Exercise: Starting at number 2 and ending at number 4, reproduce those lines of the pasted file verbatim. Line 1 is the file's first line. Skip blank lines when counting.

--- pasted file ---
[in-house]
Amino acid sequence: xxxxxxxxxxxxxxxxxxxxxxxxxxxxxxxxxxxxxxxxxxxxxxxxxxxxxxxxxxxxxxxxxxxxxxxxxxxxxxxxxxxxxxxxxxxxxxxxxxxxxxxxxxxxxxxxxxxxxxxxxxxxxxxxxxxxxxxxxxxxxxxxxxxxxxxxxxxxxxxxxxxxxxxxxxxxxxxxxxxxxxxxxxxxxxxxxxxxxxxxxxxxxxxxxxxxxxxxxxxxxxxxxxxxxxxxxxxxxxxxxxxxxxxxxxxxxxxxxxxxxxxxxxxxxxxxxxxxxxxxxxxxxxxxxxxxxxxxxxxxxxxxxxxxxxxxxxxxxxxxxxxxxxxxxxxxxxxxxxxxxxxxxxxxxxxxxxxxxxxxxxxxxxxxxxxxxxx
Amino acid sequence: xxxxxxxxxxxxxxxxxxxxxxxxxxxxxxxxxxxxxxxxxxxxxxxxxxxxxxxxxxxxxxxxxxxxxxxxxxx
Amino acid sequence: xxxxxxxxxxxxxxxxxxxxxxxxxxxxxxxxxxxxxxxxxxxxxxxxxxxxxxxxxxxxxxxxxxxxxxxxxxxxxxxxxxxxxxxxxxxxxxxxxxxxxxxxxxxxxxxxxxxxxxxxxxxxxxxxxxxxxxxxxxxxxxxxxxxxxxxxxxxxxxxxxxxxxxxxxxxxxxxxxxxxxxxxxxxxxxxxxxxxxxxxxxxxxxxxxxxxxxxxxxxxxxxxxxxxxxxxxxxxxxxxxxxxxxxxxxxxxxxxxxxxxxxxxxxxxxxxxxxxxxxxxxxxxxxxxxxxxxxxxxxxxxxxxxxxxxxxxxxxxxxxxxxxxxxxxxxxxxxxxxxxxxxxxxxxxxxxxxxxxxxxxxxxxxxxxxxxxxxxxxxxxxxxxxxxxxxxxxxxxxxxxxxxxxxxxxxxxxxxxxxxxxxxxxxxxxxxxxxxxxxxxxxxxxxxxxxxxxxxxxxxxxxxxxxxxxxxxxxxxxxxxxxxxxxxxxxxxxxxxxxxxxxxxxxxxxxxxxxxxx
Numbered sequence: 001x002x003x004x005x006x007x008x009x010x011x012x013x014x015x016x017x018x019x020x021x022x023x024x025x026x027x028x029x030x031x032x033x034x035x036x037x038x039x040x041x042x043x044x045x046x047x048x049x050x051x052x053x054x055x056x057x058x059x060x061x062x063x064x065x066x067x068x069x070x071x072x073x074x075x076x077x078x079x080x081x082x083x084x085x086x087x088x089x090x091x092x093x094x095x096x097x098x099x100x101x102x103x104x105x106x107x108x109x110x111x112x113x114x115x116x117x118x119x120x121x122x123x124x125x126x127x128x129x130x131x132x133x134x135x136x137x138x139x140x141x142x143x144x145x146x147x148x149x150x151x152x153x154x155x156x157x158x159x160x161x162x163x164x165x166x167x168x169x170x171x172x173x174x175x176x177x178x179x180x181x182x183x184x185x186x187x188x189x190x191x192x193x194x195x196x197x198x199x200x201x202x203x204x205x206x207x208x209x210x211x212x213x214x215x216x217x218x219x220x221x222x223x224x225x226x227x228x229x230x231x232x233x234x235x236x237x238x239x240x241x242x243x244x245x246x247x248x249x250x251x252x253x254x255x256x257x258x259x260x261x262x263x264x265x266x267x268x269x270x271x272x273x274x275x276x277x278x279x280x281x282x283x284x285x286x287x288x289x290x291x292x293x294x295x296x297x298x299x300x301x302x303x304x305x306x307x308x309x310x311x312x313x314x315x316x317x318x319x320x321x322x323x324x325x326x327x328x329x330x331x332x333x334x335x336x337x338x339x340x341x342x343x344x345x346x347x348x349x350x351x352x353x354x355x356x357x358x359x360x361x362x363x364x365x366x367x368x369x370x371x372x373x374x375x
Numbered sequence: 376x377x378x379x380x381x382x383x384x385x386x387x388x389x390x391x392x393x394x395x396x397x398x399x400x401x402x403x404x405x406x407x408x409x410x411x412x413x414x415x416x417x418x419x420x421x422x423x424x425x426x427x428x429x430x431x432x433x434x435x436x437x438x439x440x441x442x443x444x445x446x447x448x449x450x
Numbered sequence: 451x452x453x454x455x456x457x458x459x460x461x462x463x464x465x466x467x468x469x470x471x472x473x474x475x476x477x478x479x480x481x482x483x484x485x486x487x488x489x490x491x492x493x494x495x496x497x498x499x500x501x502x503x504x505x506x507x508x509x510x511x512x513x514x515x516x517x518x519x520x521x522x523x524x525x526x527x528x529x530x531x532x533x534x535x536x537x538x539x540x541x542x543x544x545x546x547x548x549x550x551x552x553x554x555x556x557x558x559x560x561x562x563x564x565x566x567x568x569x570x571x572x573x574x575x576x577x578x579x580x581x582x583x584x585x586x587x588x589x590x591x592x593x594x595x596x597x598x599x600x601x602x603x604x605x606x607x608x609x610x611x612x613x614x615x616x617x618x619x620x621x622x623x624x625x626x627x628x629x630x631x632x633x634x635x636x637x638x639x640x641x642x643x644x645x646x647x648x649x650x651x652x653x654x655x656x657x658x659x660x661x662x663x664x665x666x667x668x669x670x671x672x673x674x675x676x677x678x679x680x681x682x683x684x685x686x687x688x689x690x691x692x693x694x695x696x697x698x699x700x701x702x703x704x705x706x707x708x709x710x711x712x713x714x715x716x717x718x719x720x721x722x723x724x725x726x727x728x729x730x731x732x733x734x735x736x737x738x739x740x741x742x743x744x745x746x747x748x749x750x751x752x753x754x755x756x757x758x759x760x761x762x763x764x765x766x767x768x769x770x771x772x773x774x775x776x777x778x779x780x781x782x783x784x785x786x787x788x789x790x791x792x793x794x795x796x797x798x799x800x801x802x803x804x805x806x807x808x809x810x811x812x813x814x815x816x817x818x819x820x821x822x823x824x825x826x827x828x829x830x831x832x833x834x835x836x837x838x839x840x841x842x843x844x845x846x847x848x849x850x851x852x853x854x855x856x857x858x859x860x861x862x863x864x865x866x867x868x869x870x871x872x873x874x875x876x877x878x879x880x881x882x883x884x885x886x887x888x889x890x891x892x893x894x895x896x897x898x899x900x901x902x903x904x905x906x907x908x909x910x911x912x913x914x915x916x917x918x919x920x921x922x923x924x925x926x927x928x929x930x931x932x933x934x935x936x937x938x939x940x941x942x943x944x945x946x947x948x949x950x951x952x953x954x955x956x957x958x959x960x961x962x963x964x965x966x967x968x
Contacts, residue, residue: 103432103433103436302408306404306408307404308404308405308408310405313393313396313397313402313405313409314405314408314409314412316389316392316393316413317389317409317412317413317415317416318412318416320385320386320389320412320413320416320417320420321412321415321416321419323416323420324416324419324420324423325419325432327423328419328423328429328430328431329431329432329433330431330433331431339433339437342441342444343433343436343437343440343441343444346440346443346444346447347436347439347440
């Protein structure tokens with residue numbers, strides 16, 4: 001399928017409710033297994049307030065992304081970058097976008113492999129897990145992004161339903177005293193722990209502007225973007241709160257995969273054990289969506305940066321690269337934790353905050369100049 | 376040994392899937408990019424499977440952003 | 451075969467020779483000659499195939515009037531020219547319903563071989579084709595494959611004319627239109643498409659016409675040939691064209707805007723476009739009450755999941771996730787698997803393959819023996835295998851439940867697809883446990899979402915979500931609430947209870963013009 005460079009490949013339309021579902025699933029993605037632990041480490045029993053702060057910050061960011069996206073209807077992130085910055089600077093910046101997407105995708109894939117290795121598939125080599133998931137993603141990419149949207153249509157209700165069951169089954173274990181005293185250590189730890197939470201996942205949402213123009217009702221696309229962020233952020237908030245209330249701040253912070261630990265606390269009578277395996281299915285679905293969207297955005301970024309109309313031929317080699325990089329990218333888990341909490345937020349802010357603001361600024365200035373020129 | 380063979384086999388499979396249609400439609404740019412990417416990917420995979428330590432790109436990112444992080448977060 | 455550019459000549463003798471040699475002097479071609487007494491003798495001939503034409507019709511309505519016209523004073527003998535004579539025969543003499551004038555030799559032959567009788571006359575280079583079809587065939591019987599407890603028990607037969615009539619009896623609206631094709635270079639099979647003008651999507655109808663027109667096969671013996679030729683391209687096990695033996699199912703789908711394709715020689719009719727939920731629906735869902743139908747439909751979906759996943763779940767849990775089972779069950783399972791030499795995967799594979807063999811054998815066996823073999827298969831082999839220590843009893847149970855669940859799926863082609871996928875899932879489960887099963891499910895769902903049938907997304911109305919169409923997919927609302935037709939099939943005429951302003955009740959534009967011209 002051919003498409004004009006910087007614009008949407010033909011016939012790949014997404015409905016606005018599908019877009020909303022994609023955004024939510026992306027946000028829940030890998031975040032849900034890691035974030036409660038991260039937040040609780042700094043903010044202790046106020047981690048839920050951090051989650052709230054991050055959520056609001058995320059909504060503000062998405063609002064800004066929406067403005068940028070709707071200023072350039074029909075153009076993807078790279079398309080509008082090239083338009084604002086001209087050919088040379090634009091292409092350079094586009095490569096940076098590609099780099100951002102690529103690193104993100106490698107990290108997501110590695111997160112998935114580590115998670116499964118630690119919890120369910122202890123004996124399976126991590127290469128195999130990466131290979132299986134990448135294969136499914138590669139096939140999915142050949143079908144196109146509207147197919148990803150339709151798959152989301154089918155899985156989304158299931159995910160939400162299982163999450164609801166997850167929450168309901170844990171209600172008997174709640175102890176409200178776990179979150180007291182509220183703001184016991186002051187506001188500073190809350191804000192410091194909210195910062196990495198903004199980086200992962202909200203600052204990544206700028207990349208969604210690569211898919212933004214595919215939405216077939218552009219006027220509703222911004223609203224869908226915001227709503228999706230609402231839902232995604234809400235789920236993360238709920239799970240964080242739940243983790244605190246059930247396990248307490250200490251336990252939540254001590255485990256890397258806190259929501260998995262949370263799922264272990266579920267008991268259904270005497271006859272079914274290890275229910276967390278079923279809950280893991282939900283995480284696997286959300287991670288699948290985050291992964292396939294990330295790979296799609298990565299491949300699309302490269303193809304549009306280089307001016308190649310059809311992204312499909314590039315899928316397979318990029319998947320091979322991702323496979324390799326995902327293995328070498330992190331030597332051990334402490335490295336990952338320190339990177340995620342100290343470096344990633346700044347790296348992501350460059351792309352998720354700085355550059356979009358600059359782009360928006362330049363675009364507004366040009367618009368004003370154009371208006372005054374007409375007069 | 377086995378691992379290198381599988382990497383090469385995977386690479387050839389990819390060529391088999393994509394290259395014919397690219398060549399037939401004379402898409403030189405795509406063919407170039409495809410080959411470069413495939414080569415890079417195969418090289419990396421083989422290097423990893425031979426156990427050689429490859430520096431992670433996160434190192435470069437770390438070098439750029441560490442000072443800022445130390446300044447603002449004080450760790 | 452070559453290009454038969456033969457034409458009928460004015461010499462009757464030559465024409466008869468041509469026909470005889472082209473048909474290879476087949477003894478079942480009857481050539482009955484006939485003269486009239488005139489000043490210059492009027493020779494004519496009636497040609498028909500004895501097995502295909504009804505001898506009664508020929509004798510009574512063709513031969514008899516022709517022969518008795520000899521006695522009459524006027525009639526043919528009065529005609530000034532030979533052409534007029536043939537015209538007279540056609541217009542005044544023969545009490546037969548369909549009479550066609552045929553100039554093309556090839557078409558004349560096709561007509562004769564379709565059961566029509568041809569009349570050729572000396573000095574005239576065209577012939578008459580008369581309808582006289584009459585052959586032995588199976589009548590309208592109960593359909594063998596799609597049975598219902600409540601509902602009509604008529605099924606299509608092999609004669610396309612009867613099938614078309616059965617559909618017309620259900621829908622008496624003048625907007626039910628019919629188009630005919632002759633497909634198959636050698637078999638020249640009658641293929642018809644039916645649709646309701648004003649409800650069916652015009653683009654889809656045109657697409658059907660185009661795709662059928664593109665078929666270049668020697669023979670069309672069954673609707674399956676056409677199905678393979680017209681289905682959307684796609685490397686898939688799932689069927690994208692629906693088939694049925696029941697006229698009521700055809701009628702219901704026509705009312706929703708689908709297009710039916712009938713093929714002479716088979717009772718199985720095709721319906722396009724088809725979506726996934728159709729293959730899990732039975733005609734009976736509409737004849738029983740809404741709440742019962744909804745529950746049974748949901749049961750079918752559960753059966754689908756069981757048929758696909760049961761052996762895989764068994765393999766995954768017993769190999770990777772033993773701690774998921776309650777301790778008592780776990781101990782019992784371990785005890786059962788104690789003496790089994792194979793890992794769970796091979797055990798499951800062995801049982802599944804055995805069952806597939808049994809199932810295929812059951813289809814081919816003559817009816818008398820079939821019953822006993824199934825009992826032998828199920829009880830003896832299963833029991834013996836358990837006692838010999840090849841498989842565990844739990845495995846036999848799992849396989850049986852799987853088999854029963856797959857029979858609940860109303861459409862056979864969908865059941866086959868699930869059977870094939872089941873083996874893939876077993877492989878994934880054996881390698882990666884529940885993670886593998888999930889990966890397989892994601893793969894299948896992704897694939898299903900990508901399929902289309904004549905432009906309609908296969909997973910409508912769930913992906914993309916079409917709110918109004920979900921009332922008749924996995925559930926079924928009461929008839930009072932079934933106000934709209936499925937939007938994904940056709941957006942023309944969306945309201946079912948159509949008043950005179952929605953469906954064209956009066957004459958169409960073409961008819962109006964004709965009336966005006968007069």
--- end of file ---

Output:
Amino acid sequence: xxxxxxxxxxxxxxxxxxxxxxxxxxxxxxxxxxxxxxxxxxxxxxxxxxxxxxxxxxxxxxxxxxxxxxxxxxxxxxxxxxxxxxxxxxxxxxxxxxxxxxxxxxxxxxxxxxxxxxxxxxxxxxxxxxxxxxxxxxxxxxxxxxxxxxxxxxxxxxxxxxxxxxxxxxxxxxxxxxxxxxxxxxxxxxxxxxxxxxxxxxxxxxxxxxxxxxxxxxxxxxxxxxxxxxxxxxxxxxxxxxxxxxxxxxxxxxxxxxxxxxxxxxxxxxxxxxxxxxxxxxxxxxxxxxxxxxxxxxxxxxxxxxxxxxxxxxxxxxxxxxxxxxxxxxxxxxxxxxxxxxxxxxxxxxxxxxxxxxxxxxxxxxxxxxxxxxx
Amino acid sequence: xxxxxxxxxxxxxxxxxxxxxxxxxxxxxxxxxxxxxxxxxxxxxxxxxxxxxxxxxxxxxxxxxxxxxxxxxxx
Amino acid sequence: xxxxxxxxxxxxxxxxxxxxxxxxxxxxxxxxxxxxxxxxxxxxxxxxxxxxxxxxxxxxxxxxxxxxxxxxxxxxxxxxxxxxxxxxxxxxxxxxxxxxxxxxxxxxxxxxxxxxxxxxxxxxxxxxxxxxxxxxxxxxxxxxxxxxxxxxxxxxxxxxxxxxxxxxxxxxxxxxxxxxxxxxxxxxxxxxxxxxxxxxxxxxxxxxxxxxxxxxxxxxxxxxxxxxxxxxxxxxxxxxxxxxxxxxxxxxxxxxxxxxxxxxxxxxxxxxxxxxxxxxxxxxxxxxxxxxxxxxxxxxxxxxxxxxxxxxxxxxxxxxxxxxxxxxxxxxxxxxxxxxxxxxxxxxxxxxxxxxxxxxxxxxxxxxxxxxxxxxxxxxxxxxxxxxxxxxxxxxxxxxxxxxxxxxxxxxxxxxxxxxxxxxxxxxxxxxxxxxxxxxxxxxxxxxxxxxxxxxxxxxxxxxxxxxxxxxxxxxxxxxxxxxxxxxxxxxxxxxxxxxxxxxxxxxxxxxxxxxxx